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What is the difference between a 'director of product management' role and a 'vice president of product management' role in the context of startups?


Robert Rochester
Title: VP & CFO
Company: Edcor Data Services LLC
(VP & CFO, Edcor Data Services LLC) |

There could be a big difference, or maybe no difference at all. Titles themselves are not necessarily indicitative of job duties, so it is difficult to try and answer such a question without knowing more.

Gurpreet Banwait
Title: Product Manager
Company: FINCAD
(Product Manager, FINCAD) |

Some organizations have multiple product lines (business unit) which can each have a director managing multiple product managers. The directors of each product line would then report into a VP.

Topic Expert
Ken Kaufman
Title: CFO
Company: Community Dental Partners
LinkedIn Profile
(CFO, Community Dental Partners) |

In the context of a startup, who knows what those titles actually represent. Startups are notorious for breaking traditional "protocol" with titles. You'll really need to get a copy of the job description, if they even have one that is current, to answer your question.

Topic Expert
Lee Andrews
Title: P/T CFO, Business Consultant
Company: Pacific Bag, Inc./Other Clients
(P/T CFO, Business Consultant, Pacific Bag, Inc./Other Clients) |

Short, flip answer -- the difference is "title ego". Some people push to be called a VP -- sounds better on later resumes. At some of the supposedly more innovative startups, they come up with hip titles like "Minister of Sales Growth", or "HR Advocate"; OK, I made those up, but you get the idea. Titles should not matter much at this stage, other than maybe the top 2-3 leaders.

You asked about the roles. I would agree with Gurpreet's good summary -- he nailed it. If this is a small start up, I am surprised to see such high'ish role(s) identified so early on -- usually because there are few employees and people wear many hats. "Product Development" could also encompass QC, product scheduling, some of Op's, etc. If an identified hire prospect is really important to the company's product development, give him/her whatever title they want -- short of a "C" role. At the next company growth point or funding round, you can always reorganize many titles under the context of that growth.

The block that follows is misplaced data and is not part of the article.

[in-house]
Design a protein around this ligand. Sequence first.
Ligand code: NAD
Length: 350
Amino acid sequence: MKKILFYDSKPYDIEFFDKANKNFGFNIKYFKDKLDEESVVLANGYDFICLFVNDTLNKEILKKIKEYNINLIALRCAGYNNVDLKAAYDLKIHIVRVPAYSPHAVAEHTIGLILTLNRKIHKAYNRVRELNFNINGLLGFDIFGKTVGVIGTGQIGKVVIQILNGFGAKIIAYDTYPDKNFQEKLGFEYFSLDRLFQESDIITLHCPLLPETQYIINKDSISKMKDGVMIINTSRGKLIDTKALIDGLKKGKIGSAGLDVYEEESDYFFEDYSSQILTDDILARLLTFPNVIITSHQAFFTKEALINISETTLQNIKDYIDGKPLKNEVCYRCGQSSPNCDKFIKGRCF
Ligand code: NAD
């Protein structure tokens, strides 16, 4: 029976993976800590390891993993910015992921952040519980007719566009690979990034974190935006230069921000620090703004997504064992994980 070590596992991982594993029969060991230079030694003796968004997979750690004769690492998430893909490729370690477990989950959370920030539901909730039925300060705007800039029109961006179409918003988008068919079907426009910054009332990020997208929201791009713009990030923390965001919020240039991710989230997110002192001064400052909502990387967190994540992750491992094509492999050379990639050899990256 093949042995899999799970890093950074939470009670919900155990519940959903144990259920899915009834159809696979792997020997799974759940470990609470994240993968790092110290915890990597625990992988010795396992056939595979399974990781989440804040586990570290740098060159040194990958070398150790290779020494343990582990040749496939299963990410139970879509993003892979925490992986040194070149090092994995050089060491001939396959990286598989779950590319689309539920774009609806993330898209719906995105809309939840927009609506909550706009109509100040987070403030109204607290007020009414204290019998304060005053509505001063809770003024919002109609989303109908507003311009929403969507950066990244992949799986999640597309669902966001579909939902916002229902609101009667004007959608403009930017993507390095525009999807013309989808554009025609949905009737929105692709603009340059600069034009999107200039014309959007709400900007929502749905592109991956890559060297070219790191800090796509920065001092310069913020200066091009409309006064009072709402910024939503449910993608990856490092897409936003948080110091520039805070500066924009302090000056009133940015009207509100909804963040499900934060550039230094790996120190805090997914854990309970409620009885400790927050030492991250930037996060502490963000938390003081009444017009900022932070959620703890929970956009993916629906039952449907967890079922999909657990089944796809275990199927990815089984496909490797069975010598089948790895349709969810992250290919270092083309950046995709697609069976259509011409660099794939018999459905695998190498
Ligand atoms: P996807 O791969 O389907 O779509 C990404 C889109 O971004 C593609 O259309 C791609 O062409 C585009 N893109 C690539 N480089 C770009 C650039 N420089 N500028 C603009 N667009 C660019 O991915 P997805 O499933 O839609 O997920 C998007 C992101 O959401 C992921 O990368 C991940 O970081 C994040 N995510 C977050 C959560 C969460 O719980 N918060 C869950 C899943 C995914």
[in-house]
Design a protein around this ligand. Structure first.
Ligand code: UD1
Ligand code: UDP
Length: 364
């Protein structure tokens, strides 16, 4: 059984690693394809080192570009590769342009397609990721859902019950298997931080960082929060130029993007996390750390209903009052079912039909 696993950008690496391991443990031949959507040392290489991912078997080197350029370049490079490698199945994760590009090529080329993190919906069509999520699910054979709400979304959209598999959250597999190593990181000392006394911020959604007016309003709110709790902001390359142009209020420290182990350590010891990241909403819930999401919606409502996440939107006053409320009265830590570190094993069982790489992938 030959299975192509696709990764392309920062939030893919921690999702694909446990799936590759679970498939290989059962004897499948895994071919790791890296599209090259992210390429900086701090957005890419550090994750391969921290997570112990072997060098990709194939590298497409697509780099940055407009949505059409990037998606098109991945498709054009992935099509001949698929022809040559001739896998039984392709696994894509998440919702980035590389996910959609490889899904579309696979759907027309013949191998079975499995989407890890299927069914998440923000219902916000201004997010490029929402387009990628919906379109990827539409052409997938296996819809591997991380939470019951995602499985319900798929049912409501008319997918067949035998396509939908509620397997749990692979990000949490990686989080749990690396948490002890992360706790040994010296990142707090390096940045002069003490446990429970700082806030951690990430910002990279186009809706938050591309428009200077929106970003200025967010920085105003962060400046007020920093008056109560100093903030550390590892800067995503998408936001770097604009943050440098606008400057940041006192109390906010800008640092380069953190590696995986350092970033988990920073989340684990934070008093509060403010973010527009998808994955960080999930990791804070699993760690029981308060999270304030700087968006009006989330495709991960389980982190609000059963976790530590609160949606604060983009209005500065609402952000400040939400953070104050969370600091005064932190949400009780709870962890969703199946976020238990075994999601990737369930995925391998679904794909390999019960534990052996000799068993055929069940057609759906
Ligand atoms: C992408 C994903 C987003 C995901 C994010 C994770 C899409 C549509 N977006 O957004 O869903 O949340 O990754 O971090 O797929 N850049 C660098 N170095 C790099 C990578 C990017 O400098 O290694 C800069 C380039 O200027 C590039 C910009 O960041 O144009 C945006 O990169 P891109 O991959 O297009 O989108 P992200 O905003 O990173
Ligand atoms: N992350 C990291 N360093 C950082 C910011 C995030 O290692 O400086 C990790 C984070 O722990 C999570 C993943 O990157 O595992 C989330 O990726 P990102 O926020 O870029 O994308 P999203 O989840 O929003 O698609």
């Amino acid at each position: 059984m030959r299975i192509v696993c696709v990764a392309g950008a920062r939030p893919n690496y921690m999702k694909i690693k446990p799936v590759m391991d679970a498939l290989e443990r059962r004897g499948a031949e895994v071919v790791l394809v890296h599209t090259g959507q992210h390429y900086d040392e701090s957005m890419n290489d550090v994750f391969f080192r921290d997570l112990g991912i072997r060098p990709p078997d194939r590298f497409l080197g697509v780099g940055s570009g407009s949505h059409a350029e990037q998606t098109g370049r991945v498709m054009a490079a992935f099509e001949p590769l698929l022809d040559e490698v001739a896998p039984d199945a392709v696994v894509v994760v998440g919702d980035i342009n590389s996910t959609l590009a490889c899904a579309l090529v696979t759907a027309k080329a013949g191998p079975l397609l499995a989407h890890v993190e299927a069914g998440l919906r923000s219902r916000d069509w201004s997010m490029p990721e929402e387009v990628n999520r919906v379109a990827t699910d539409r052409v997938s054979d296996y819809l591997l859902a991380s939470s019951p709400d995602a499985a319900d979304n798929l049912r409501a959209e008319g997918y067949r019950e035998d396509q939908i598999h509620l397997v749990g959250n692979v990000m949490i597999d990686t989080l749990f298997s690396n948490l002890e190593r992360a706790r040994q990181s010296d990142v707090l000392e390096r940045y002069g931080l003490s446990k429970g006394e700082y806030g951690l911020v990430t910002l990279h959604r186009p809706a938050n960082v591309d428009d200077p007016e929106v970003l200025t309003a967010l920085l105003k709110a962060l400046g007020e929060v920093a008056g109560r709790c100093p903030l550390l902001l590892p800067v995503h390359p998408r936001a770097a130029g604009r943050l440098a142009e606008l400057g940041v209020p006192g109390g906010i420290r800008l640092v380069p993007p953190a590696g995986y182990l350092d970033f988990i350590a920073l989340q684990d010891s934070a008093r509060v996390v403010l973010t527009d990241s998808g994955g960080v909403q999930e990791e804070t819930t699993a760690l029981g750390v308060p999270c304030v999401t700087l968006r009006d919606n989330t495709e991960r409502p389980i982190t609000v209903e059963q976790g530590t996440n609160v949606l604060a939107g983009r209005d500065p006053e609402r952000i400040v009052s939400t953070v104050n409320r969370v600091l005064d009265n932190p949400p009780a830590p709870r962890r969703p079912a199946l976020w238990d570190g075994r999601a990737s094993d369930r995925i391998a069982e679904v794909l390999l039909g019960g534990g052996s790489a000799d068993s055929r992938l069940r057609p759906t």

Topic Expert
Randy Miller
Title: Partner
Company: CFO Edge
(Partner, CFO Edge) |

I agree with the above, that internally titles may have little to do with responsibilities. However, in presenting to the outside world, VP is going to care more weight. A person with the VP title is going to be presumed to have the power to bind the company to contracts and will probably have more pull with vendors and bankers.

But, another issue to consider is that as the company grows it may need strategic expertise beyond what is required at start-up stage. To that end, it is easier to add a VP over a Director than it is to find a way to squeeze in a level above a VP who had the title based on first-in rather the strategic skills.

The person and title need to be weighed not only based on what the company needs now, but also on what will be needed as the company grows.

Topic Expert
Regis Quirin
Title: Director of Finance
Company: Gibney Anthony & Flaherty LLP
LinkedIn Profile
(Director of Finance, Gibney Anthony & Flaherty LLP) |

Start-ups have such a high failure rate. If you make it past year five and your company is cash flow positive with visions of an IPO --- just call them "Product Genius." What this means is that your product manager has provided consumers with what they want and what they are willing to purchase.

Topic Expert
Malak Kazan
Title: VP, Special Projects
Company: ERI Economic Research Institute
(VP, Special Projects, ERI Economic Research Institute) |

I concur with comment and would add that generally at the VP level the incumbent is expected to have an impact more broadly as that of a business manager where the director level incumbent will manage cross-functionally yet have more focus on the product development and management responsibilities.


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